TOP officials from Kirklees College are in crucial talks over cash funding for a planned new campus in Huddersfield.
They are holding detailed negotiations with officials from the Learning and Skills Council over their multi-million pound plans for the site as part of the huge £175m Waterfront project, off Chapel Hill.
And it has brought more than a glimmer of hope for both the college and others involved in the scheme.
Two months ago, the project – set to attract hundreds of jobs – looked in jeopardy after the LSC admitted it had “overstretched” in trying to meet bids for funding.
But now Kirklees College is one of a handful of schemes asked to submit detailed proposals for new consideration by the council.
The campus is centrepiece of the Waterfront plans which include flats and offices on land off Chapel Hill and Manchester Road, on the banks of the River Colne.
But the whole scheme rests on a new £70m campus for Kirklees College being built on the site.
The Learning and Skills Council has revealed that 79 college building projects, including Kirklees, have been put on hold because of a shortage of cash.
Today’s news came as the college celebrated another big windfall.
They, along with 19 others in Yorkshire, are to share an £83m pot of money to provide courses for people out of work for a long time.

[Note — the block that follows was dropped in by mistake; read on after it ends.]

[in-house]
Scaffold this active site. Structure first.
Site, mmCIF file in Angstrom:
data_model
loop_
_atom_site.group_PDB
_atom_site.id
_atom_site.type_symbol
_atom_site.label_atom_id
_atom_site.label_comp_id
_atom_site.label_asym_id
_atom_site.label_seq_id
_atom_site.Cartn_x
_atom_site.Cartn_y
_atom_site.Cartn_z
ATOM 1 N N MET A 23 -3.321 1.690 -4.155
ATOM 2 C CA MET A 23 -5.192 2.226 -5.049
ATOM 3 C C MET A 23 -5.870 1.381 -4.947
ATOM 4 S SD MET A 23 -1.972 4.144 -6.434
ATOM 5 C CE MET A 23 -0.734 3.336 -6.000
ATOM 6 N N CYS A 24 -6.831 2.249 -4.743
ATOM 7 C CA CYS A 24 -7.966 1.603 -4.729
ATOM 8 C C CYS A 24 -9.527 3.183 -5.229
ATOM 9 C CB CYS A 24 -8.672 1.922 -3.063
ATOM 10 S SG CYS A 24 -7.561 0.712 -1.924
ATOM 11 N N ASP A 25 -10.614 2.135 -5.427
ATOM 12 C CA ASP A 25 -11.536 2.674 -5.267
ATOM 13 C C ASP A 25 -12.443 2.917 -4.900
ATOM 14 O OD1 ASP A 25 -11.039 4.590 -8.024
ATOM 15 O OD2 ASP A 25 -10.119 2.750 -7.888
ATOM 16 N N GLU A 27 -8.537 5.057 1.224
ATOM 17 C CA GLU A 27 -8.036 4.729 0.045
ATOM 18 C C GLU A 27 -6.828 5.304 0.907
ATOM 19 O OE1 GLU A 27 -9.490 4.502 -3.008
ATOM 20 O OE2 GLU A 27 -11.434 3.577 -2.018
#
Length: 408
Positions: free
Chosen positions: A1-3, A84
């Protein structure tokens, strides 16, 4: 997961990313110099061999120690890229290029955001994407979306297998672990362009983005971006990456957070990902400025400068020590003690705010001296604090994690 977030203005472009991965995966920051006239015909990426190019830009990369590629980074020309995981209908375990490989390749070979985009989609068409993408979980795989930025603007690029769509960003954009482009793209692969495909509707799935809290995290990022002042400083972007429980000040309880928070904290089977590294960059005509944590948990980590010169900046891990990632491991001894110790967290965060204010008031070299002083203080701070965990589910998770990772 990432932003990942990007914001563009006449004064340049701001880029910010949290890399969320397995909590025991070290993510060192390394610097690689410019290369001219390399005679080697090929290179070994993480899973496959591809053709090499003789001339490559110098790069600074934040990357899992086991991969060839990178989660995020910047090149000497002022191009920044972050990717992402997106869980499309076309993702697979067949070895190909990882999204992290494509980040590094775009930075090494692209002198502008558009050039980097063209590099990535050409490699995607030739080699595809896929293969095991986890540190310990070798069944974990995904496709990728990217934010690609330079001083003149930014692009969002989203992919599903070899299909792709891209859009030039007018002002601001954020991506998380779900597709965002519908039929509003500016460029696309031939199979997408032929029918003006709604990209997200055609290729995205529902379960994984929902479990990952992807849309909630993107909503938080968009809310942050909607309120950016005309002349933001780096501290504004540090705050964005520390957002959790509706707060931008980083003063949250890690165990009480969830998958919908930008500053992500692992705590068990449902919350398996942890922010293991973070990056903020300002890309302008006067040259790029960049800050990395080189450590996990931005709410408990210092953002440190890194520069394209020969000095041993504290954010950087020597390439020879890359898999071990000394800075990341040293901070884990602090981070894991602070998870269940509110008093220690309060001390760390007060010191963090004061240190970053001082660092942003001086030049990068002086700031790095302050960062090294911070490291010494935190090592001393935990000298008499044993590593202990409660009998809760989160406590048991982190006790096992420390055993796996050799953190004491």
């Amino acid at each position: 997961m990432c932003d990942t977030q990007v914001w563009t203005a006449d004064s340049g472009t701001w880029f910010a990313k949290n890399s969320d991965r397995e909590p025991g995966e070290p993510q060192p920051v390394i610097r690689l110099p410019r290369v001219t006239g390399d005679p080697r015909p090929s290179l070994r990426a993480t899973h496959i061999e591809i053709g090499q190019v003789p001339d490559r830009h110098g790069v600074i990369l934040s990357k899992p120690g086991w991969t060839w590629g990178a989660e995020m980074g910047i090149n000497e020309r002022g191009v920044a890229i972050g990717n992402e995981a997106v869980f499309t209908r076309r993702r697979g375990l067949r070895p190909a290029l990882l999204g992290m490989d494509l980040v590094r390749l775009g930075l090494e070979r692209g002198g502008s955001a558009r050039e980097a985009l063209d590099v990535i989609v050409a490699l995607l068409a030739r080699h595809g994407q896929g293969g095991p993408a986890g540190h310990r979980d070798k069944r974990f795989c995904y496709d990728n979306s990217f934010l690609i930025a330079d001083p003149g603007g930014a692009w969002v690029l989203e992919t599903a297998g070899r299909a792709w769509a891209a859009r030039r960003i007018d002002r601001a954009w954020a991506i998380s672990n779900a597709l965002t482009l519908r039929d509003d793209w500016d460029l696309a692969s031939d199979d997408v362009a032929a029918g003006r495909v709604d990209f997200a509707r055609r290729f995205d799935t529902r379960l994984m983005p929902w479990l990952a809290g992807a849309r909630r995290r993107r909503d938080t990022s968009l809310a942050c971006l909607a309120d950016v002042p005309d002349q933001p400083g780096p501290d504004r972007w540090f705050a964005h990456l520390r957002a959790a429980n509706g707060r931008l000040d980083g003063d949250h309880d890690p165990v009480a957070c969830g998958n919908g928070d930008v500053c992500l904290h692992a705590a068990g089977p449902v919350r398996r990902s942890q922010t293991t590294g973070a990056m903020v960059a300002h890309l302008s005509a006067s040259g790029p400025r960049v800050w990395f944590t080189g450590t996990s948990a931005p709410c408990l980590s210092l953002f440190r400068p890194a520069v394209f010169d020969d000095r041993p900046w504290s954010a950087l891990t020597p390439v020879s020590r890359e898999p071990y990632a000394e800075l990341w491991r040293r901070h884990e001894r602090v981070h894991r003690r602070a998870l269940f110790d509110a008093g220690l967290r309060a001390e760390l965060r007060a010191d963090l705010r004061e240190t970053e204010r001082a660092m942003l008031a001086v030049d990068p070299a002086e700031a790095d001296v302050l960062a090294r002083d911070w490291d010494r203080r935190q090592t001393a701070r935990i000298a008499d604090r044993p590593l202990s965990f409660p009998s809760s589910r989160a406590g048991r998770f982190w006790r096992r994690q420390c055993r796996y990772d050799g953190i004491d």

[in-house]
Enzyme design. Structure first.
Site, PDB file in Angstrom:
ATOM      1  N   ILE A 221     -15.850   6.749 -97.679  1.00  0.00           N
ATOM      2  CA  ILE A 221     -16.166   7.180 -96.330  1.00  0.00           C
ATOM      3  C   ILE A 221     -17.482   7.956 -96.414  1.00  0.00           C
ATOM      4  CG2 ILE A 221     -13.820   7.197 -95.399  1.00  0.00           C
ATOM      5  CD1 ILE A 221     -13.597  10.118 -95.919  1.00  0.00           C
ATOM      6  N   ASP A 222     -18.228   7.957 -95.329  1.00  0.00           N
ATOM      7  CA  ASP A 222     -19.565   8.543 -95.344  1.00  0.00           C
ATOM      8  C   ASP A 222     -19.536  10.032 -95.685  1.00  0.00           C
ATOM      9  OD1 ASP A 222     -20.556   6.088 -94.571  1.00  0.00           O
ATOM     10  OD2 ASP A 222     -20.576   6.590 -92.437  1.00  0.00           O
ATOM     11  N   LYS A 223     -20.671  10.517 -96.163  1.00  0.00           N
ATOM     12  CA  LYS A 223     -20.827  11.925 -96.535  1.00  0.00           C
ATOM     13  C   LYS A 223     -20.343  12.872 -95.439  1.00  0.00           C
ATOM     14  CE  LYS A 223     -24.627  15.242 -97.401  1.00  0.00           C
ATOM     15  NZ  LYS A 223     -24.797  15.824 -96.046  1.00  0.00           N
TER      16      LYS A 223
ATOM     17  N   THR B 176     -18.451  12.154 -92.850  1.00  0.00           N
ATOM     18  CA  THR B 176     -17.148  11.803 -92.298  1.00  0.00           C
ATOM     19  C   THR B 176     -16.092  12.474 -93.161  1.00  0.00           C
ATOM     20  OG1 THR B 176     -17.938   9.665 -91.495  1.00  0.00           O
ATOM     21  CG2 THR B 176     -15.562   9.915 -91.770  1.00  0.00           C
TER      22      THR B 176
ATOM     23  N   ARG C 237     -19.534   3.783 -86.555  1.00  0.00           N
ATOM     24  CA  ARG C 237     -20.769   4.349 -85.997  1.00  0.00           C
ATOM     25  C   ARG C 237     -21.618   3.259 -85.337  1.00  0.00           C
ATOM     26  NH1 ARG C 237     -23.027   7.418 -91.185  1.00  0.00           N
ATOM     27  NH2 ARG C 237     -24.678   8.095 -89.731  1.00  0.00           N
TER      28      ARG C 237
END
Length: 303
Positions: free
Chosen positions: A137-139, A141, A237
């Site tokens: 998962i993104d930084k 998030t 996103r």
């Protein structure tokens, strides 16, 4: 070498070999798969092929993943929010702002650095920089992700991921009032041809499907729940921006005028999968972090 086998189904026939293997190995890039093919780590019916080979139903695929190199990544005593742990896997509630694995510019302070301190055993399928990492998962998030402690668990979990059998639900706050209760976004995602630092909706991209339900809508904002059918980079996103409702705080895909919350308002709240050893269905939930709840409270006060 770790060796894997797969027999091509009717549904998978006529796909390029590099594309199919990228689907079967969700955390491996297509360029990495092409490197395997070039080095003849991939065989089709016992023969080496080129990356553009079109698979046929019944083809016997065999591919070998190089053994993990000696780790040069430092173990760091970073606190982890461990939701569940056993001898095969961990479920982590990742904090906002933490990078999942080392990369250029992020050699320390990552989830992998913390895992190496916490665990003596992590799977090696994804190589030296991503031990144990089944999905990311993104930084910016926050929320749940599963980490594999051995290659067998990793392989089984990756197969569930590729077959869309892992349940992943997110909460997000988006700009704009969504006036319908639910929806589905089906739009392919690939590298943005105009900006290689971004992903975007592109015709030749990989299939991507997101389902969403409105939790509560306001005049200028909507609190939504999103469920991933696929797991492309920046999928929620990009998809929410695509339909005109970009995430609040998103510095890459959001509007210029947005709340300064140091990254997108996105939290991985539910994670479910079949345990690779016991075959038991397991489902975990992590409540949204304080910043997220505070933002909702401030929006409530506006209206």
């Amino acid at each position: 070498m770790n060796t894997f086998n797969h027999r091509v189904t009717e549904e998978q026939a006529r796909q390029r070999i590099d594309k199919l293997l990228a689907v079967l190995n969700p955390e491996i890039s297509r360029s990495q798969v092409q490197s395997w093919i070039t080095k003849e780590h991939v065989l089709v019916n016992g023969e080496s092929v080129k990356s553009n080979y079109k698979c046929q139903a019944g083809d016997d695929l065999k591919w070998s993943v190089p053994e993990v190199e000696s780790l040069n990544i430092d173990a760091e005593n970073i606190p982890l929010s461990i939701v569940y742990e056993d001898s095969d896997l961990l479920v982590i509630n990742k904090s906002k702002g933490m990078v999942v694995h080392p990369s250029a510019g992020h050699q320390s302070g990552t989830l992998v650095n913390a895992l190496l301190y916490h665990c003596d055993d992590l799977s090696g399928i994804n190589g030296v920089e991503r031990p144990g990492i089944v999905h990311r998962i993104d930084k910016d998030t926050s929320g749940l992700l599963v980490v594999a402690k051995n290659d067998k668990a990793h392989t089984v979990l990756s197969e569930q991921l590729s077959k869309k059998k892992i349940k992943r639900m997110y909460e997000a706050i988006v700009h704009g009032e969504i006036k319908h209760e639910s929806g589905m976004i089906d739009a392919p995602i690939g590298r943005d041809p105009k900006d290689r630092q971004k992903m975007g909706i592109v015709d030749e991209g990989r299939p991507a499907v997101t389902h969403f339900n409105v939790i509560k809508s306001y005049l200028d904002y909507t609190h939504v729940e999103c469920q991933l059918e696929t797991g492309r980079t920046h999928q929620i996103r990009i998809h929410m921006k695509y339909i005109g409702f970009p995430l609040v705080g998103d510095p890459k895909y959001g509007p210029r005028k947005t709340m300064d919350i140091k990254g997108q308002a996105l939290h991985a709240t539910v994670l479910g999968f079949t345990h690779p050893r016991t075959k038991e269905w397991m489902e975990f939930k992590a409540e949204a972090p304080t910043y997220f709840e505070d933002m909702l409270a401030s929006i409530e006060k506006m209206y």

It is likely to mean millions for the college in Huddersfield and Dewsbury – a massive boost on the day the jobless tally in Huddersfield soared to 3,480.
Chris Sadler, Principal of Kirklees College, said: “The college is delighted that it can help the economic recovery in Kirklees by offering short supportive training sessions to people who want to get back into the job market quickly.
“We will work with partners to help hundreds of unemployed people in Kirklees.
“This is on top of all the other training and skills initiatives in which we are involved.”
Courses will be matched to the local job market, from retail to hospitality, right up to vocational training at the equivalent of A-level standard.
People accessing the courses will also be able to continue their training once they get a job, ensuring that they get a range of skills which will help them secure sustainable employment.
Regional Minister Rosie Winterton said: “This is great news for Yorkshire with some 20 colleges benefiting from this extra funding.
“It is further evidence that the Government is committed to providing action rather than words and delivering real help to people facing difficulties during the economic downturn.”